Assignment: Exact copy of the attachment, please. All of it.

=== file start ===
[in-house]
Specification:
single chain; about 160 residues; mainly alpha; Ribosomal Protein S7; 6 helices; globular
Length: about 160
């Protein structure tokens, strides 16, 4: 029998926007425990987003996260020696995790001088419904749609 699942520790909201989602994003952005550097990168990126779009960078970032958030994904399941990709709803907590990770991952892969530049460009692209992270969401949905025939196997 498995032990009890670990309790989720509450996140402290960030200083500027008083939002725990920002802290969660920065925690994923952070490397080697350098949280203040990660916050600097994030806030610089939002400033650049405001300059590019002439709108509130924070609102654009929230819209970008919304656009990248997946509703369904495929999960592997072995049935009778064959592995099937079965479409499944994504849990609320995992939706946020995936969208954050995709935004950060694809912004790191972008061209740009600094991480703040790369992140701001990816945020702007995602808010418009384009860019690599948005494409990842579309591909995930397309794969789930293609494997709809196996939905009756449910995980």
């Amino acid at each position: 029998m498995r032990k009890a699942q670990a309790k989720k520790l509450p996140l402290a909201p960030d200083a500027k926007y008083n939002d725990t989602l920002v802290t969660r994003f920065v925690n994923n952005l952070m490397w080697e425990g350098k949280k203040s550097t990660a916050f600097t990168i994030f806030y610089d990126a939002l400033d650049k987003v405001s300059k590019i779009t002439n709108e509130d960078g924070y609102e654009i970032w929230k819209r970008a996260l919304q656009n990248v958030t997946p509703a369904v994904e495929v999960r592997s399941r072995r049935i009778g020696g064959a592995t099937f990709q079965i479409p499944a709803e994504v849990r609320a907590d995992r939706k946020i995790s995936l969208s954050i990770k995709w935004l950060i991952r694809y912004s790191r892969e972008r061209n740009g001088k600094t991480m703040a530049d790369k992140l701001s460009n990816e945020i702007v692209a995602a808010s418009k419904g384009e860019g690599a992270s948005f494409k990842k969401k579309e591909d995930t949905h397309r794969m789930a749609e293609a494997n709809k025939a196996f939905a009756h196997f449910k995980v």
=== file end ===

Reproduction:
[in-house]
Specification:
single chain; about 160 residues; mainly alpha; Ribosomal Protein S7; 6 helices; globular
Length: about 160
């Protein structure tokens, strides 16, 4: 029998926007425990987003996260020696995790001088419904749609 699942520790909201989602994003952005550097990168990126779009960078970032958030994904399941990709709803907590990770991952892969530049460009692209992270969401949905025939196997 498995032990009890670990309790989720509450996140402290960030200083500027008083939002725990920002802290969660920065925690994923952070490397080697350098949280203040990660916050600097994030806030610089939002400033650049405001300059590019002439709108509130924070609102654009929230819209970008919304656009990248997946509703369904495929999960592997072995049935009778064959592995099937079965479409499944994504849990609320995992939706946020995936969208954050995709935004950060694809912004790191972008061209740009600094991480703040790369992140701001990816945020702007995602808010418009384009860019690599948005494409990842579309591909995930397309794969789930293609494997709809196996939905009756449910995980």
């Amino acid at each position: 029998m498995r032990k009890a699942q670990a309790k989720k520790l509450p996140l402290a909201p960030d200083a500027k926007y008083n939002d725990t989602l920002v802290t969660r994003f920065v925690n994923n952005l952070m490397w080697e425990g350098k949280k203040s550097t990660a916050f600097t990168i994030f806030y610089d990126a939002l400033d650049k987003v405001s300059k590019i779009t002439n709108e509130d960078g924070y609102e654009i970032w929230k819209r970008a996260l919304q656009n990248v958030t997946p509703a369904v994904e495929v999960r592997s399941r072995r049935i009778g020696g064959a592995t099937f990709q079965i479409p499944a709803e994504v849990r609320a907590d995992r939706k946020i995790s995936l969208s954050i990770k995709w935004l950060i991952r694809y912004s790191r892969e972008r061209n740009g001088k600094t991480m703040a530049d790369k992140l701001s460009n990816e945020i702007v692209a995602a808010s418009k419904g384009e860019g690599a992270s948005f494409k990842k969401k579309e591909d995930t949905h397309r794969m789930a749609e293609a494997n709809k025939a196996f939905a009756h196997f449910k995980v």